Caregiving tips compiled by our team of information specialists

Here are a few caregiving tips compiled by our team of information specialists.

Take care of yourself
Rule number one for all caregivers is to take care of yourself. Providing care while holding down a job, running a household, or parenting can burn anyone out. A person who is exhausted or sick is more likely to make bad decisions or take out frustrations inappropriately.

Stress is known to contribute to a variety of health problems. The more you keep your own well-being in balance, the more you will enhance your coping skills and stamina. By taking care of yourself, you will be better able, both physically and emotionally, to provide care for your loved one.

Reach out to other caregivers
Connect to the caregiving community. Share and learn and benefit from the collective wisdom of the caregiver community. It is important that caregivers connect with one another to gain strength and to know that they are not alone.

For many, the isolation that comes with the job is eased by attending support group meetings with others in similar situations. Support groups provide emotional support and caregiving tips, as well as information on community resources.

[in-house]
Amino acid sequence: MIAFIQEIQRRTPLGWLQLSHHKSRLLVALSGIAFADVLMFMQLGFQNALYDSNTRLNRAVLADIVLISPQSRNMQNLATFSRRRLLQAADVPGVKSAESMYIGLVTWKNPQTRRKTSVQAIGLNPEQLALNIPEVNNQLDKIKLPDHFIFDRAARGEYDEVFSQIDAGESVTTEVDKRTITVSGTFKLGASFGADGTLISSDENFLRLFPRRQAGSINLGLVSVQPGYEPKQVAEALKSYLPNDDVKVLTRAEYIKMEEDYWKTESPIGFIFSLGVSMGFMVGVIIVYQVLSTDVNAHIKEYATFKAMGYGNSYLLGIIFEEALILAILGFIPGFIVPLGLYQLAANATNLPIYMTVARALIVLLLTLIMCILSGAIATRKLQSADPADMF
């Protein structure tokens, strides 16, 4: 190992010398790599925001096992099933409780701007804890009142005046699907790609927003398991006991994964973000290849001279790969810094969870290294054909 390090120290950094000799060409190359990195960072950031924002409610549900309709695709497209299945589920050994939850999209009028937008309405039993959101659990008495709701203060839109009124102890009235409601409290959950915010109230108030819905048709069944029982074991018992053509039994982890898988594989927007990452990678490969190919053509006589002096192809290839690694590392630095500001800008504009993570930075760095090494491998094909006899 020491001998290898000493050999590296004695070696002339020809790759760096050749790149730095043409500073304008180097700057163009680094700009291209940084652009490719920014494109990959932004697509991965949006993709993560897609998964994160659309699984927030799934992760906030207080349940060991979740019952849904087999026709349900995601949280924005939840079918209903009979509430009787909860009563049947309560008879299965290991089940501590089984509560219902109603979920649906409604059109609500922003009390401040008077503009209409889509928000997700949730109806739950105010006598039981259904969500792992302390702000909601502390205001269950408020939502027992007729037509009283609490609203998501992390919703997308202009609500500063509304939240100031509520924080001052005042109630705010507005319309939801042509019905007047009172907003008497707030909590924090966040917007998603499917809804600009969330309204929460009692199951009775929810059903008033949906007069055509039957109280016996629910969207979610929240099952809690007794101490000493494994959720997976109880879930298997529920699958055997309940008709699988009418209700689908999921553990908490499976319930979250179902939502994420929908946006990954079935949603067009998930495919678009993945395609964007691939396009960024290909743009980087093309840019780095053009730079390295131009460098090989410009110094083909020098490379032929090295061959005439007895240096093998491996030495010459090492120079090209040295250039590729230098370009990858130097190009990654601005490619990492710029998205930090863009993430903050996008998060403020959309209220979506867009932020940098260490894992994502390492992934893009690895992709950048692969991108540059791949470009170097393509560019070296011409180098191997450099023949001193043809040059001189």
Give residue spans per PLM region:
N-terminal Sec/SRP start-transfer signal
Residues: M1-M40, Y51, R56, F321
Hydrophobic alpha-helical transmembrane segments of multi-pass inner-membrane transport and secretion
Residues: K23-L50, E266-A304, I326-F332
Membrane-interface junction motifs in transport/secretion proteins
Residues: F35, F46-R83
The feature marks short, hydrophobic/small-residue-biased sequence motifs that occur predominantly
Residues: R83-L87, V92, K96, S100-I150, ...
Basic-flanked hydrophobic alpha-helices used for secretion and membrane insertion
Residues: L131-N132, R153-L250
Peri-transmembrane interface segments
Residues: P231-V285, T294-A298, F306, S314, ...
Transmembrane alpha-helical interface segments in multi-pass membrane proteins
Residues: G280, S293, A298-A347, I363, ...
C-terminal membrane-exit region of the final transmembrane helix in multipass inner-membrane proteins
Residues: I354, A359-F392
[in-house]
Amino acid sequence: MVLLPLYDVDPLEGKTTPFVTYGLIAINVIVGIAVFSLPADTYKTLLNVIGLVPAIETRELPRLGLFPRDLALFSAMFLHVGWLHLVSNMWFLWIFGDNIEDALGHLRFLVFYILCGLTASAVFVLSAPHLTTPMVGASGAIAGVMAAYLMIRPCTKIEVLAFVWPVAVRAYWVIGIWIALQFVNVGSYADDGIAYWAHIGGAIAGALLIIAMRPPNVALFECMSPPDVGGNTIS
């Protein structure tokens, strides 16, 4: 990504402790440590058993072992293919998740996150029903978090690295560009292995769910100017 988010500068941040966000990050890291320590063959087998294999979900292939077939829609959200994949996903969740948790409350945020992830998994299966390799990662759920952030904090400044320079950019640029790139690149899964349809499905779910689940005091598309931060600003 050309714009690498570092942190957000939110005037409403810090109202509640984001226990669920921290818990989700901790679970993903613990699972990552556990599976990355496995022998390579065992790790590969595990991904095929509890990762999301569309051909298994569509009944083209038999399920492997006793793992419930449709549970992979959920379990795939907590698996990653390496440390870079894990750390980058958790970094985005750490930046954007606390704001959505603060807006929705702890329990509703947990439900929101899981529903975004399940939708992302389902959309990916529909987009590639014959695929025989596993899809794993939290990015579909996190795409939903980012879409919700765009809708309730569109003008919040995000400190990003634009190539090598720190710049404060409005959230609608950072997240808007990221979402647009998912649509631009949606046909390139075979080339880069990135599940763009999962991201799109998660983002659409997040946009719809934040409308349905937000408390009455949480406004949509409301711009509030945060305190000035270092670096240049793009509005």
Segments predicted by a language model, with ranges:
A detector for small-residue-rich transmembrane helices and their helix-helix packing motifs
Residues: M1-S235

Online support groups can be very helpful. The Reeve Foundation supports active community forums and discussions about all issues related to caregiving.

Therapy or counseling may also facilitate better problem solving. Counseling can help one cope with feelings of anger, frustration, guilt, loss or competing personal, work and family demands.

Be informed
Know as much as possible about your loved one's condition. Be informed about medical issues and how the disease or disability can affect a person physically, psychologically, behaviorally, etc. You are an important member of your loved one's healthcare team.

Download or request a copy of the Paralysis Resource Guide. The Paralysis Resource Guide will take you through a range of important topics, such as the primary causes of paralysis, and help you navigate your changing world. If you have questions, do not be hesitate to reach out to our information specialists who are available to provide information and direct you to local services.

Researching on the web is another powerful tool for learning about the medical basis of disability.

Doctors and other health professionals can help you understand how a loved one's condition might change and how that change might affect the demands on the caregiver.

Schedule down time